Skip to main content


Buy Article:

$43.00 plus tax (Refund Policy)


We conduct an empirical investigation of the social environment of “good” neighborhoods in physical form in a model of the “compact city,” Portland, Oregon and discuss the implications for design and evaluation of policies inspired by smart growth and new urbanist movements that focus on the urban form and transportation dimensions of neighborhoods, and of housing assistance policies designed to change the economic mix in neighborhoods. We conceptualize the physical and social dimensions of the “good” neighborhood environment and develop an approach to operationalization that uses publicly available data. Our findings indicate that for the most part, Portland has been successful in creating neighborhoods at several economic scales that feature not only the connectivity, accessibility, mixed land use, and access to public transit that characterize “good” neighborhoods from a physical perspective, but also a “good” social environment indicative of strong ties and collective efficacy. However, there are signs that in the process, Portland may be creating poverty areas that lack connectivity, accessibility, and access to public transit and a mix of destinations.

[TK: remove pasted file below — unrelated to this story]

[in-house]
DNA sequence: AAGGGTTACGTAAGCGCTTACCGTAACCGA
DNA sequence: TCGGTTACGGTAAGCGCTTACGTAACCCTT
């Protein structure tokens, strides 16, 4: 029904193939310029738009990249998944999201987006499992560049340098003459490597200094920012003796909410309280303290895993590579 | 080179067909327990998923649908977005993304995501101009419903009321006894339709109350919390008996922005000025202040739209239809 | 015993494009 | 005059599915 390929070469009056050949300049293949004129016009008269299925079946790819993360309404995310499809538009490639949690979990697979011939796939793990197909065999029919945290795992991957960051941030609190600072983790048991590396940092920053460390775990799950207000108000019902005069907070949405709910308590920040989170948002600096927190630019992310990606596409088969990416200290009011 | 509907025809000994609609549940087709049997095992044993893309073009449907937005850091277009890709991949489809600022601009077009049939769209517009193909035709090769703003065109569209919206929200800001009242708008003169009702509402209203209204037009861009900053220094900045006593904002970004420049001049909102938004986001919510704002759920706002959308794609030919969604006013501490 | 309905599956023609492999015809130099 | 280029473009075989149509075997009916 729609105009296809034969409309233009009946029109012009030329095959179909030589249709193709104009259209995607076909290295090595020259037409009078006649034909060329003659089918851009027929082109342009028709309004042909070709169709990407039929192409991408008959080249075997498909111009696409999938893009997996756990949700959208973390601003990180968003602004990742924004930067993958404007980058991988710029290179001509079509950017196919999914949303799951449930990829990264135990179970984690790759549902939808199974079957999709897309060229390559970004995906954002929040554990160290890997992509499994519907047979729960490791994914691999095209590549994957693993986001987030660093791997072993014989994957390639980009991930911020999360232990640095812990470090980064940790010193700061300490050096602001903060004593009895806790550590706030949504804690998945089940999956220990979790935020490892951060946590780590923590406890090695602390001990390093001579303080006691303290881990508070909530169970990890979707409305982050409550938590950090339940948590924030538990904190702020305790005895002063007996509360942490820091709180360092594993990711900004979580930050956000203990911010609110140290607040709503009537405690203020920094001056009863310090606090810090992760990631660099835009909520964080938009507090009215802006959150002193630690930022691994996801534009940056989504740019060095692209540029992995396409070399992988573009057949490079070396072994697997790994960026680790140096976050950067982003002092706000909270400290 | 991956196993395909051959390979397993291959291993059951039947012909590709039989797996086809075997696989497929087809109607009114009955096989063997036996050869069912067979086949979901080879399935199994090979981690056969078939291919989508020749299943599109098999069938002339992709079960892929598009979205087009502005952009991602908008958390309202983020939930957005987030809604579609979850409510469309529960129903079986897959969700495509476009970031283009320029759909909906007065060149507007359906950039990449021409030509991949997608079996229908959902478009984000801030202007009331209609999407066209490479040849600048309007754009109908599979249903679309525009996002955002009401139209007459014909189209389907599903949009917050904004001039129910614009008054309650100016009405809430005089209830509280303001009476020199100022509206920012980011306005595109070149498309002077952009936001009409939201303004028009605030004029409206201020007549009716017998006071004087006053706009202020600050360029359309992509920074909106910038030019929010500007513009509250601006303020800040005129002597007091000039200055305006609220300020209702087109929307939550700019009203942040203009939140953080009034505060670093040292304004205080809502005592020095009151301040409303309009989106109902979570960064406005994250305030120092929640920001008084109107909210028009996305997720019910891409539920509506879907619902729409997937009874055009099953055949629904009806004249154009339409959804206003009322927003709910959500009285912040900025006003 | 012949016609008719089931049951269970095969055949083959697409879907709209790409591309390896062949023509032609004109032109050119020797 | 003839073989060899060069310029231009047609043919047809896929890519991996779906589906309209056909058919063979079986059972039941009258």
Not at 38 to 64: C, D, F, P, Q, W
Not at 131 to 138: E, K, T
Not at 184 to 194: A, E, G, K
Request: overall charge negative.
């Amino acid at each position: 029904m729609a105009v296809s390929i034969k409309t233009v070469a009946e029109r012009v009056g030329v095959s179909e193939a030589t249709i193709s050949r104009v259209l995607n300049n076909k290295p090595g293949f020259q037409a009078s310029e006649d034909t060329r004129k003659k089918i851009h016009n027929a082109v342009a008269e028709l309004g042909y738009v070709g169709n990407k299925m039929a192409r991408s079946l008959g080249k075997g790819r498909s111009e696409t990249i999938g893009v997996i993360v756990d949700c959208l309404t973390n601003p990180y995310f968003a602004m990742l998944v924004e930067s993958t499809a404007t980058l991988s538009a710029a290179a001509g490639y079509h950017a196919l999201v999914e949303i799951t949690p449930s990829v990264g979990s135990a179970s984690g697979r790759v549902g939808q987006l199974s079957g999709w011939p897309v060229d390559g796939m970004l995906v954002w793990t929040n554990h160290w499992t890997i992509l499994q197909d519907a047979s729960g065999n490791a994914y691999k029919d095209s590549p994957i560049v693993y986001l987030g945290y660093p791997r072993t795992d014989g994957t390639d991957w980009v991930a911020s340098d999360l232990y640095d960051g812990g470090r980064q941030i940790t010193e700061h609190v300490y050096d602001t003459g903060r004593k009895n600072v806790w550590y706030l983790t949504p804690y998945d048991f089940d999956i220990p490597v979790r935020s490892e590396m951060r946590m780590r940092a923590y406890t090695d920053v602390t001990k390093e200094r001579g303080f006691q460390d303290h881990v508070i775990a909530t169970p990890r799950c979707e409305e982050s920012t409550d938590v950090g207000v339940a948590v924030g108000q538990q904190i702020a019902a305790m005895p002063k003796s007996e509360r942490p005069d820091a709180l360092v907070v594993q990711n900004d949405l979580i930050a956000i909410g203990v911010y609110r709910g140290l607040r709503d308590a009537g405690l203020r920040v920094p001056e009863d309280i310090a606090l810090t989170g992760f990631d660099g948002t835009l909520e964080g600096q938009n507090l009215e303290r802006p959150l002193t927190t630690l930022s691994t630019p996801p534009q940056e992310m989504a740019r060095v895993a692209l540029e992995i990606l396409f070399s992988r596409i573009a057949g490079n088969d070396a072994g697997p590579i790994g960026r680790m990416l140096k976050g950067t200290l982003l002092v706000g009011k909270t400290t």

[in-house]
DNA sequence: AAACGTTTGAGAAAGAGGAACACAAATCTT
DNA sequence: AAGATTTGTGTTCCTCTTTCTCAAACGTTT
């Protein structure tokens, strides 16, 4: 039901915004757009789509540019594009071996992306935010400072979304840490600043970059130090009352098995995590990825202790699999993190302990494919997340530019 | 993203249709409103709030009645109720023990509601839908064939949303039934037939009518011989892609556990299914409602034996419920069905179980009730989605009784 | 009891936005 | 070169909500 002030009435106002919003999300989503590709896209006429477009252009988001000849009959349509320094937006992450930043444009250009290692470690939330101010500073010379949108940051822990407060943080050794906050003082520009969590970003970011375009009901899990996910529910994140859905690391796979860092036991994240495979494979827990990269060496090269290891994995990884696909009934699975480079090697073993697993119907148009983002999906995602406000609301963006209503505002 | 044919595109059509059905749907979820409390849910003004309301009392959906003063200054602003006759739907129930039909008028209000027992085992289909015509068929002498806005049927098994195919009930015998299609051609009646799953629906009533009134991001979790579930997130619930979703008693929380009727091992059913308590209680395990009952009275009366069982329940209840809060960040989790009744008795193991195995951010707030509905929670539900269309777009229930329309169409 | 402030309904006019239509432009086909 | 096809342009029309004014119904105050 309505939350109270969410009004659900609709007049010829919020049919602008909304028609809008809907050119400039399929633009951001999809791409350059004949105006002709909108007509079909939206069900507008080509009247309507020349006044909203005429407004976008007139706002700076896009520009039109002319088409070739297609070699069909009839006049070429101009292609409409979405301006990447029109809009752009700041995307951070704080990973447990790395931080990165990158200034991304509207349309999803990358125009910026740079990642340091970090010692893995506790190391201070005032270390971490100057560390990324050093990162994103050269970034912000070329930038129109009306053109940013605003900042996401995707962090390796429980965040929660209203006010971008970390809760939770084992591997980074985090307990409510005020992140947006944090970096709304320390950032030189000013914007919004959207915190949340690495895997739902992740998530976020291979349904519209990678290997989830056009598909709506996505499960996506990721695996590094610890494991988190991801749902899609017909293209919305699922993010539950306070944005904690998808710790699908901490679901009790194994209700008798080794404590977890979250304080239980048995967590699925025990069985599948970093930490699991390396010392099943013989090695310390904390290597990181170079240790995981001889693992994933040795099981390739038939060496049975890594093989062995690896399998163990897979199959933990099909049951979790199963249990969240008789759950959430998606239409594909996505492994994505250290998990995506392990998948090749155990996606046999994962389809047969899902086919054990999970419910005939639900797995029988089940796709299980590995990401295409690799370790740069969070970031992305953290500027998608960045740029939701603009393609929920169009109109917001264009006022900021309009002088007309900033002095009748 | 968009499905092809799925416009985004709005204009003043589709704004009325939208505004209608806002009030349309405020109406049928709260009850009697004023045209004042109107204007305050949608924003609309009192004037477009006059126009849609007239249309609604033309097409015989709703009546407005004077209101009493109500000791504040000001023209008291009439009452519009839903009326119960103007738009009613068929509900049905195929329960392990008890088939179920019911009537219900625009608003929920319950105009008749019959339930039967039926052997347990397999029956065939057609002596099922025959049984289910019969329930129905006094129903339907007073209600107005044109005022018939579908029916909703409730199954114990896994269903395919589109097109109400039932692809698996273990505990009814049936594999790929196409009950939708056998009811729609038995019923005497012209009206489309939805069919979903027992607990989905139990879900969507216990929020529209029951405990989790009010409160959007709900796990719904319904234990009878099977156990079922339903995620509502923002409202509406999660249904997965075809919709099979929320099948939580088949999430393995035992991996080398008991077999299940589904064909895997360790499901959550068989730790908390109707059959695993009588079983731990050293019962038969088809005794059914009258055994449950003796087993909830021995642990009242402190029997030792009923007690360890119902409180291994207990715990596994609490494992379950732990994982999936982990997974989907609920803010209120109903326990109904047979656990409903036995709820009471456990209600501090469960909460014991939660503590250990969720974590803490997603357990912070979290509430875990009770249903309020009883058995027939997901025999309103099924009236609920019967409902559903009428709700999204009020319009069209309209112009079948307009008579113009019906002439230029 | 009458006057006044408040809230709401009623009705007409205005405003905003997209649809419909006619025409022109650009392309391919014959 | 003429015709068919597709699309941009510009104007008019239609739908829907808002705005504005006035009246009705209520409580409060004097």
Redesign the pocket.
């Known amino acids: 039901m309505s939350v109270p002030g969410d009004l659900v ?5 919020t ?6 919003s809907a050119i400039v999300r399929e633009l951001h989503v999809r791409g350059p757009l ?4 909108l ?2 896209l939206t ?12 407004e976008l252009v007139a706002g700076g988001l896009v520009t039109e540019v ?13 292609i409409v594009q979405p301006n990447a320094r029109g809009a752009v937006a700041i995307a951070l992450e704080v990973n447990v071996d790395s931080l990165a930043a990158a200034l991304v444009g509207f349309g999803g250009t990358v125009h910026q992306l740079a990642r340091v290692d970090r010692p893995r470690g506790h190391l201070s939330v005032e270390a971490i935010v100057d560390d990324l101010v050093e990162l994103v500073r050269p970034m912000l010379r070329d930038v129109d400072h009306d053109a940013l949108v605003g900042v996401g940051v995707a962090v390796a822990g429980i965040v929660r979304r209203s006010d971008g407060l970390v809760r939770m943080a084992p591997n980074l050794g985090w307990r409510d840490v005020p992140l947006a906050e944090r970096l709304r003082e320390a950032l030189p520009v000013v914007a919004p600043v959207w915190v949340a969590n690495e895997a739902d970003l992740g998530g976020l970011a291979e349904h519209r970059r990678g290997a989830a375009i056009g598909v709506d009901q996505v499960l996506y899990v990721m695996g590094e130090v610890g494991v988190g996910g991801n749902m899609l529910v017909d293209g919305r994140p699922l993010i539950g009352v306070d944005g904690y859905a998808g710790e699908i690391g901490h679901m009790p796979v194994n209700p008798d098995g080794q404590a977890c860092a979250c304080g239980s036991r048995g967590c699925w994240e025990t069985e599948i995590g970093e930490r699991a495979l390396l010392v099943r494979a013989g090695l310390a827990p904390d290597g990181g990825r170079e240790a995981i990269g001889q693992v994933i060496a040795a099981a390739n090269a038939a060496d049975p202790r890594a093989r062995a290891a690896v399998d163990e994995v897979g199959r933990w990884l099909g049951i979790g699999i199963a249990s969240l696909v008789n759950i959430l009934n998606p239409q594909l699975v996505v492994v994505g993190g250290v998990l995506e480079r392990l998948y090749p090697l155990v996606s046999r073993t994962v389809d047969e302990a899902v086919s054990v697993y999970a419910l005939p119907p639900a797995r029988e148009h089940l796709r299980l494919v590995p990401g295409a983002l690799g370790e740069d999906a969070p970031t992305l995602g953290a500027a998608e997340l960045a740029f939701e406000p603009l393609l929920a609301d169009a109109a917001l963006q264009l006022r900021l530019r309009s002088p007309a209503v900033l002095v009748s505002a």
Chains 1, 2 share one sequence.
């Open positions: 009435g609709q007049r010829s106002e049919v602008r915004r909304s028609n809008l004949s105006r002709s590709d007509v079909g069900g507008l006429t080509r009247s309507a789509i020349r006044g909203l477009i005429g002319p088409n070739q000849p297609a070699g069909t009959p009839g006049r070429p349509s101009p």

No References
No Citations
No Supplementary Data
No Data/Media
No Metrics

Document Type: Research Article

Affiliations: Florida State University

Publication date: 2009-10-01

  • Access Key
  • Free content
  • Partial Free content
  • New content
  • Open access content
  • Partial Open access content
  • Subscribed content
  • Partial Subscribed content
  • Free trial content
Cookie Policy
Cookie Policy
Ingenta Connect website makes use of cookies so as to keep track of data that you have filled in. I am Happy with this Find out more